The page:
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The goal is to use a control voltage from 0-5V to generate a square wave signal from 1 (ideally, but around 10 would be acceptable) to 3000 Hz (linearly, although I could work around it not being linear).

I've been experimenting with a 555 (556 actually) and can easily achieve that by altering R1, R2 and C, but I need to keep those fixed, as the only variable input I'll have is the voltage.

Duty cycle is not particularly critical here although around 50:50 would be nice - it's to control a stepper motor driver which needs a minimum 1.5uS pulse, so only the most ridiculous duty cycle would not conform at those frequencies.

I've looked at the formula at What is the equation for the 555 timer control voltage? (the one at the top of tardate's answer; the one in the question appears to be wrong) and by applying it it appears clear that the range I want is not possible with just Vcontrol.

I'm open to using both timers in the 556 if that could work, but I haven't been able to figure out a solution.

If a 555 is just not appropriate for this, can someone suggest an alternative? I could always dust off the PIC programmer and get it to do this but I was hoping there was a simpler alternative.

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    \$\begingroup\$ Seems that your goal is to design a VCO (Voltage controlled oscillator). Google "555 vco" or go for 566 IC. \$\endgroup\$ – Rohat Kılıç Oct 18 '16 at 19:44
  • \$\begingroup\$ Please provide a circuit diagram with the tool \$\endgroup\$ – Voltage Spike Oct 18 '16 at 19:44
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    \$\begingroup\$ 3.5 magnitudes is an awful lot of frequency range for a 555... \$\endgroup\$ – Ignacio Vazquez-Abrams Oct 18 '16 at 19:51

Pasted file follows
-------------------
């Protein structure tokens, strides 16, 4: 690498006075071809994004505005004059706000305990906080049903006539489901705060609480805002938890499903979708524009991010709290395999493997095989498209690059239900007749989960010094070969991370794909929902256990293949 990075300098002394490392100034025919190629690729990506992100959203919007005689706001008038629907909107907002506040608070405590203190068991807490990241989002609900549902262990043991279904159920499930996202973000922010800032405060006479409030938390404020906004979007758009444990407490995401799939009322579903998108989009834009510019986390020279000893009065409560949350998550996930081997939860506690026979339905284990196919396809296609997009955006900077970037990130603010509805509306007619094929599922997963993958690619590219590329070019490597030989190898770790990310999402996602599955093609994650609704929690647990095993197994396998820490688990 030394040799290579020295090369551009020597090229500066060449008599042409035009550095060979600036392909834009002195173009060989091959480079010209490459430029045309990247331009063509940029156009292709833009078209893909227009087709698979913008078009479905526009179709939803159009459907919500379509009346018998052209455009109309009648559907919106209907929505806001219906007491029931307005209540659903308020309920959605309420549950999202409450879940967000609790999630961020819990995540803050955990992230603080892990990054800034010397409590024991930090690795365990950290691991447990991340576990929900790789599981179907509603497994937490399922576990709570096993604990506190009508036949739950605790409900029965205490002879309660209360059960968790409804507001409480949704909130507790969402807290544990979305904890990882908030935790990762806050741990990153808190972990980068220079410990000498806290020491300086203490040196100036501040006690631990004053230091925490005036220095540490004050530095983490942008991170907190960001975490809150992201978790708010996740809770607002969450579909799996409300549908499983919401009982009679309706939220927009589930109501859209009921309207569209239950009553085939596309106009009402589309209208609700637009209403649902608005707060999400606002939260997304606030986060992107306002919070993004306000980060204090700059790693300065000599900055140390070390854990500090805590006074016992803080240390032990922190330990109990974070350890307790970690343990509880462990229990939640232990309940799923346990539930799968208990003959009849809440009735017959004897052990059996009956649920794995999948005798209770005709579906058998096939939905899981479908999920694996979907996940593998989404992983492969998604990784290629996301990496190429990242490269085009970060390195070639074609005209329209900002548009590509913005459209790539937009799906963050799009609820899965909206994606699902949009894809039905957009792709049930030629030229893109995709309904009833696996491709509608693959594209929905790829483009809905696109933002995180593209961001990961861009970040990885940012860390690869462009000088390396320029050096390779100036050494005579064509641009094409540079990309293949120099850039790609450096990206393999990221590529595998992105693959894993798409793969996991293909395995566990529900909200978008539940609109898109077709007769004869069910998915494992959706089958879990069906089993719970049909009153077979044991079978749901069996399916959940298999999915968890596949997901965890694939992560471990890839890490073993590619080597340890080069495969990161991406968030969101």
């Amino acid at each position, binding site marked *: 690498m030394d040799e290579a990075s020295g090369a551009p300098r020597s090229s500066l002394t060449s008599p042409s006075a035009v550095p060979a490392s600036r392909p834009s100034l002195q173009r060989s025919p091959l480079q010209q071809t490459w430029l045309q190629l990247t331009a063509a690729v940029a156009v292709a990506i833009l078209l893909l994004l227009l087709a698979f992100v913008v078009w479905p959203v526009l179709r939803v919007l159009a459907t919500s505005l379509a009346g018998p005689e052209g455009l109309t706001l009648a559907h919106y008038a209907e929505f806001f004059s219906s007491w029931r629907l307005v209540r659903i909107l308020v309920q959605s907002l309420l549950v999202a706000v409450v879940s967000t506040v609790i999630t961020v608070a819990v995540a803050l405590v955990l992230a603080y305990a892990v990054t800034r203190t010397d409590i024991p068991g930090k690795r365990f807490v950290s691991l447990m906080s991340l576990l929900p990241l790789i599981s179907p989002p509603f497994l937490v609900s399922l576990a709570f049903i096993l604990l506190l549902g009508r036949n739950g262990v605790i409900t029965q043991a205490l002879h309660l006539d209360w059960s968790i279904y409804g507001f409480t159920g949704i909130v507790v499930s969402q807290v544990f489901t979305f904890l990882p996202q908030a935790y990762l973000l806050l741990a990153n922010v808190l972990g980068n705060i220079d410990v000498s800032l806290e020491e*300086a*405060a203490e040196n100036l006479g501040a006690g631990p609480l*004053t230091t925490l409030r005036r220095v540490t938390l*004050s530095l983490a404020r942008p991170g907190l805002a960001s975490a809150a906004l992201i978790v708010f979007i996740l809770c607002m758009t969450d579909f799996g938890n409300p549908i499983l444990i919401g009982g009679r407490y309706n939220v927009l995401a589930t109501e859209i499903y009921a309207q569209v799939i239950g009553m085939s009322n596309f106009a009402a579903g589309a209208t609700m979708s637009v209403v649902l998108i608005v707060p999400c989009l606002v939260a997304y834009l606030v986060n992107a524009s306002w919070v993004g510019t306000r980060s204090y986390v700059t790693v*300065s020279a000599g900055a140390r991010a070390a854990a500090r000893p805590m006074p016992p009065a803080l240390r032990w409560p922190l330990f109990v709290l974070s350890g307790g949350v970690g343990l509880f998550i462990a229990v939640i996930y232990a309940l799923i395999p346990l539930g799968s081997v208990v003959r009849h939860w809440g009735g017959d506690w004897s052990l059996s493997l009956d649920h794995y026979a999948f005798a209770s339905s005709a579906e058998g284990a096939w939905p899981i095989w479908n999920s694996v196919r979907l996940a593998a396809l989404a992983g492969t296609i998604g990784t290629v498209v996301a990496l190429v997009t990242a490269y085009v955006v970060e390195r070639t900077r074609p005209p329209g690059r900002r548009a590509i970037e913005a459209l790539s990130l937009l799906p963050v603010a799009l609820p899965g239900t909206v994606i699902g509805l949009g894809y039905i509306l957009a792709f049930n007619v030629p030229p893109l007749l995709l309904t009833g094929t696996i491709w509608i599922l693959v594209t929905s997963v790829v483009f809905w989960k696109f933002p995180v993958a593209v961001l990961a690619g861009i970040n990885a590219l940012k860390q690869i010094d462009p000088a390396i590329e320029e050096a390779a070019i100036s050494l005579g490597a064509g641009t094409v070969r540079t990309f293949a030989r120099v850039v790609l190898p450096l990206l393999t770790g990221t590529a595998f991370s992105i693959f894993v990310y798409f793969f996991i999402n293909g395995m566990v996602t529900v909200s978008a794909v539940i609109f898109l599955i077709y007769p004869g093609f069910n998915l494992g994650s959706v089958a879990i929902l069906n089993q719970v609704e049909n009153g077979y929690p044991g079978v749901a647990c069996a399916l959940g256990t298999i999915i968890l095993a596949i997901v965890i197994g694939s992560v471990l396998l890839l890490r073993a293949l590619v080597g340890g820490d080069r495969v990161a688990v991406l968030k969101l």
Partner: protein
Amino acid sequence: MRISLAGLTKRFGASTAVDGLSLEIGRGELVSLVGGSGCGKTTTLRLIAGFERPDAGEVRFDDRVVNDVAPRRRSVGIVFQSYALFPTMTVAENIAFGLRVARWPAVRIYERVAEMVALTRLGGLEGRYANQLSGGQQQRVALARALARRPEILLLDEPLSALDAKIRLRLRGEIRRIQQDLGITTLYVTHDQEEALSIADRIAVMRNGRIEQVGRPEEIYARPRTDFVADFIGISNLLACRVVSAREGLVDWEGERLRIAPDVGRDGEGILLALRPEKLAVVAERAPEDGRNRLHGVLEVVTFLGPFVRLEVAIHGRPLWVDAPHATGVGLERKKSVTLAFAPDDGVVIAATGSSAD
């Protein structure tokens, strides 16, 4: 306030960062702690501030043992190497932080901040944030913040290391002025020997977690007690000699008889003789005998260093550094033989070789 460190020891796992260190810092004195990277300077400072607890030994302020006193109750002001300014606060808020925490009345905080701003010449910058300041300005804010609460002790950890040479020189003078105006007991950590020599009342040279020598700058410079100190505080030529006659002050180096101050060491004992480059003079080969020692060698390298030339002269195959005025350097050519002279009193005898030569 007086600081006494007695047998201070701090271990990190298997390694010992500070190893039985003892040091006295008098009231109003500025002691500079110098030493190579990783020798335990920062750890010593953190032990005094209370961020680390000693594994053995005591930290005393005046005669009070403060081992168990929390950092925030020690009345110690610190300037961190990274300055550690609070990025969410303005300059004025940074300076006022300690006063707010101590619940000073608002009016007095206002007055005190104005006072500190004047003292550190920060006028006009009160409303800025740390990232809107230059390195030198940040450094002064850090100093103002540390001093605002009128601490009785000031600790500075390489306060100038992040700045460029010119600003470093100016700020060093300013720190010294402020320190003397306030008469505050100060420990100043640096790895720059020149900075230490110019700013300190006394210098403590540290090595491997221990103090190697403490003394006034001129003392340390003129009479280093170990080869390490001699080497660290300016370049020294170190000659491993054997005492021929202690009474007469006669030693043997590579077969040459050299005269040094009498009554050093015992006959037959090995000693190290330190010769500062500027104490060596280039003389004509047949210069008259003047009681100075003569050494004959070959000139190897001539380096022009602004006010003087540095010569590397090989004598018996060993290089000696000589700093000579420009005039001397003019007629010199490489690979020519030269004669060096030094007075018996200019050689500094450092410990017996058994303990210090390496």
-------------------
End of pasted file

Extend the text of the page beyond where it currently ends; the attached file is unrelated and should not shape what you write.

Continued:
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    \$\begingroup\$ Dust off the PIC. It is your "simpler alternative". \$\endgroup\$ – brhans Oct 18 '16 at 20:27
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    \$\begingroup\$ Honestly, if it's for controlling a stepper, I wouldn't go for a VCO. You'd rather use any decent MCU with a PWM output (and eventually an ADC, if you really want to keep the analog input control). Design will be much simpler, and you'll achieve a much wider frequency range. \$\endgroup\$ – dim lost faith in SE Oct 18 '16 at 20:38
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It feels a little wrong to answer my own question, but just to conclude this, I think it's fair to conclude that a 555 is not really suitable for this specific task. Thanks to those who commented.

I'm going to go the MCU route - it gives me more control and if I need to broaden the frequency range even further at some point it's then easy-enough to do.

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If you want the range from 1 to 3000 Hz it might be easier to use a counter as a frequency divider, for instance divide by 16 and let the 555 generate 16 to 48000 Hz. Dividing by a power of 2 provides a clean square wave with 50 % high and 50 % low.

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If you use the 555 as a comparator you can make a VCO that will handle that range by adding an op-amp and a transistor.

The op-amp acts as an integrator and the transistor, controlled by the 555 output, changes from positive to negative integration.

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